Saturday, March 22, 2008
This is the time of the year when the neighbor's lawns start to green up, while ours remains a realm of sparse and ancient fescue battling yellow green moss for survival. The ground is highly compacted and sloshy as I squish my soggy path to the newspaper half soaked on the road side. This will be the year of the moss, I presume, gazing at the vast expanses of our yard sporting the yellow-green tinge.
We're neophytes to the American Way of the Lawn. We watched in awe as our neighbor industriously crew-cut his lawn without fail every two days. My husband pored diligently over catalogs, trying to identify the best possible lawn mower to deal with all the (to us) huge acreage of grass carpeting our yard. Rather than going for the lightest and cheapest model, he picked a massive self-propelled model (to deal with on our sloping yard.) Easy enough for him to maneuver, but I loathe trying to walk behind it as it drags me up slope and barrels off uncontrollably down hill. I sense my teenage son bears the same aversion, disappearing to write magically due reports the moment his father tries to enlist his help with mowing.
The lawn companies stop without fail at our mailbox, enticing us with deals to fertilize and 'regreen' the lawn for $50 a pop. We had been desperate enough to try them in the early years, but my husband got utterly disgusted that they would come and spray at inopportune moments, such as 1/2 hour before a thundering rainstorm that washed all the fertilizer down the drain, or before we had the chance to rake leaves fresh-fallen from our trees in autumn. The lawn looked no greener for all the money we were throwing at it. So I peruse the mail, and add the lawn fliers to the trash pile.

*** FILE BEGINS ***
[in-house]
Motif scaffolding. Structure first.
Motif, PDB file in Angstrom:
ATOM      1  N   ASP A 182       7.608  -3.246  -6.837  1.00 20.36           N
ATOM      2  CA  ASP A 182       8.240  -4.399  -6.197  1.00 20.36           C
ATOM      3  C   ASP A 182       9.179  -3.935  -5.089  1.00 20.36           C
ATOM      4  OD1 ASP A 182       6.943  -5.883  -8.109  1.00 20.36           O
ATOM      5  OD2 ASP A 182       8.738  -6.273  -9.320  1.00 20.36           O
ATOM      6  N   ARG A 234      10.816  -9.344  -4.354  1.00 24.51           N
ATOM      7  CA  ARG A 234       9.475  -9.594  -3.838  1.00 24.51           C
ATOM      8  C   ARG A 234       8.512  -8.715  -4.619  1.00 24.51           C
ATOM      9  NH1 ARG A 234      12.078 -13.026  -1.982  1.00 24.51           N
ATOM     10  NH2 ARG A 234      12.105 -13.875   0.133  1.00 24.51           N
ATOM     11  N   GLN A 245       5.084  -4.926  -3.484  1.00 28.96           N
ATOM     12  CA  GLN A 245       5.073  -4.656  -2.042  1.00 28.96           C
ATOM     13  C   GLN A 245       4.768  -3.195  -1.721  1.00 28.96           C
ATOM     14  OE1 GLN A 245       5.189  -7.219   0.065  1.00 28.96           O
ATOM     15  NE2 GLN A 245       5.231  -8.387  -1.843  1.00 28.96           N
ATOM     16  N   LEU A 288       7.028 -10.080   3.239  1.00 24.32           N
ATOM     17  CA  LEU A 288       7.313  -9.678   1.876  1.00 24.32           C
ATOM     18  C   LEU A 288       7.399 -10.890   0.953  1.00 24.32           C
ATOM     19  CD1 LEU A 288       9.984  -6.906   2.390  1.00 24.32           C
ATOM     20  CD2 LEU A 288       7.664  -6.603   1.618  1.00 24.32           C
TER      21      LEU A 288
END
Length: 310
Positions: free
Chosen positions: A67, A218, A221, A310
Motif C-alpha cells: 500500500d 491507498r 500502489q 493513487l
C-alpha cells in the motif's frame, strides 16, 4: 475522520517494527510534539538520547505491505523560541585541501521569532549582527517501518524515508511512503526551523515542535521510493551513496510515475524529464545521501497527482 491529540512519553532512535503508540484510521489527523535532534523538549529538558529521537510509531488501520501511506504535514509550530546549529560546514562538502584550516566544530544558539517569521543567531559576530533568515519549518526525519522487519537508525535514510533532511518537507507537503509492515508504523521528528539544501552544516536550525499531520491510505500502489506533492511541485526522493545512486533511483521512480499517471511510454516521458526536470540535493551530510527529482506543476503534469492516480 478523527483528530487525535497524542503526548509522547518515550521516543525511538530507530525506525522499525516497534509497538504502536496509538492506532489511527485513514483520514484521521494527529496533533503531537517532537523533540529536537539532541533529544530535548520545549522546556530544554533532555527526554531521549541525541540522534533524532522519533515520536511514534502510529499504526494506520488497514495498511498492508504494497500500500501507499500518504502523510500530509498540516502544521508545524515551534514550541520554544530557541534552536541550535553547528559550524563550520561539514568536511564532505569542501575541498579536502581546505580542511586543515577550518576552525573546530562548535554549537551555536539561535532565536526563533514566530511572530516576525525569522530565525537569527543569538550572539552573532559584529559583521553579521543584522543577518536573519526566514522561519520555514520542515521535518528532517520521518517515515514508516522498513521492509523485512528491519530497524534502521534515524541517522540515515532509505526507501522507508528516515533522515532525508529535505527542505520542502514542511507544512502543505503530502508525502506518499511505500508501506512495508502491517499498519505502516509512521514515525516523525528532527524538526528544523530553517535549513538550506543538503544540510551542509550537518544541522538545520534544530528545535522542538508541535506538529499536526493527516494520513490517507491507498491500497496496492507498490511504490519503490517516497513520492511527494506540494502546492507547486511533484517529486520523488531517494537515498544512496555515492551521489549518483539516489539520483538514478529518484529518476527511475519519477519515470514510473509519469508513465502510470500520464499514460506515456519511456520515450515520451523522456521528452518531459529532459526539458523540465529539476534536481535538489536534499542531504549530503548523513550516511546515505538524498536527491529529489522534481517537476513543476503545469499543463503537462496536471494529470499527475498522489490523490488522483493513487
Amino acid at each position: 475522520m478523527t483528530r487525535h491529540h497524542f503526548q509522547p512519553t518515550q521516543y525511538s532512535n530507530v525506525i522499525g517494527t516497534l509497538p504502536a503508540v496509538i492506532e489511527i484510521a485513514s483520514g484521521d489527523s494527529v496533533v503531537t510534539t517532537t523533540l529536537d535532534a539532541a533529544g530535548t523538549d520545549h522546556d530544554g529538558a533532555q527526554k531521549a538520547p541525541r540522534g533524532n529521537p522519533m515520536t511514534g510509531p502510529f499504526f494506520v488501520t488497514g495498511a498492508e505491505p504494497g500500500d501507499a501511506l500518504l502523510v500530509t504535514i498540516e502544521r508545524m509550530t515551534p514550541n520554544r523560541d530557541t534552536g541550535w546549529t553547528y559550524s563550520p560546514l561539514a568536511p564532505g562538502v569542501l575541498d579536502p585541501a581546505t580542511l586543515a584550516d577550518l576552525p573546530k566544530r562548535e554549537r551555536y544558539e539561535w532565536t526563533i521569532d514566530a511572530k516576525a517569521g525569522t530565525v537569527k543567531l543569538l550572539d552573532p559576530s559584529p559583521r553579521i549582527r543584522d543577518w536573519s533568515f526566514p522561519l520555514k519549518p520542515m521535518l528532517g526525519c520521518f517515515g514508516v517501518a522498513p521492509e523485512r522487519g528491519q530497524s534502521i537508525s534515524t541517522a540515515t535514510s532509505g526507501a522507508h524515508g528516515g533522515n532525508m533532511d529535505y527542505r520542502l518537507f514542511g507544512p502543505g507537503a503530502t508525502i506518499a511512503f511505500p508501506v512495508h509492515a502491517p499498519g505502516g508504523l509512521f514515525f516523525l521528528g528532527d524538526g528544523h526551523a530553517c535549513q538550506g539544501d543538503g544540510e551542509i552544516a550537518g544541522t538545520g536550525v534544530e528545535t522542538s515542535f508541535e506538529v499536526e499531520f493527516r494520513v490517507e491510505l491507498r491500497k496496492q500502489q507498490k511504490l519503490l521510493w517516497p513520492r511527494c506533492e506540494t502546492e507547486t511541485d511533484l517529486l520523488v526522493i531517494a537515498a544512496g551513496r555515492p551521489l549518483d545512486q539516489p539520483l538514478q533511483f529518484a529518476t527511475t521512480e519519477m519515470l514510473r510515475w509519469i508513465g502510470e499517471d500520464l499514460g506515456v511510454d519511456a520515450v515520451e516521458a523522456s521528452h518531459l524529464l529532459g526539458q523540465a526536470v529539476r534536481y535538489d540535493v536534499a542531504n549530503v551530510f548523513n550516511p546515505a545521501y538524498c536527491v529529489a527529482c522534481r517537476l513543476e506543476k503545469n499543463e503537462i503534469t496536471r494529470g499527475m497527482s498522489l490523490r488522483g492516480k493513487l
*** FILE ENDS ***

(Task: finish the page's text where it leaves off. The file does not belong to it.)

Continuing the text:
To my jaundiced eyes, even the yellow-green moss looks like a winner. It carries me back without fail to those days of listening to my botany teacher droning on about gametophytes and spores, haploid plants and diploid seeds, precise line drawings punctuating the paragraphs with italicized must-remember terms. I had never seen a moss up close, but religiously learnt to reproduce all those pictures of moss plants and cell structures of spores for the examinations.
Now is my chance to admire the moss, delicate lines of the almost plant, going back in history to the Permian era, c. 290 million years ago. They have the right to remain in my lawn, more so than the grasses, against whom they have won a hard-fought competition. I would definitely defer to the older species, who are so low maintenance as to require nothing but the space to grow, the sunlight and rain with zero mowing.
So I say nothing to my husband regarding removal of moss, nor complain about uncut grass. The moss will remain my secret friend, taking over the lawn inch by hard-won inch. One day, I will wake up to a magical soft and short green carpet under the trees, one that will be reminiscent of the sense of peace of the woodlands that our suburban backyard displaced.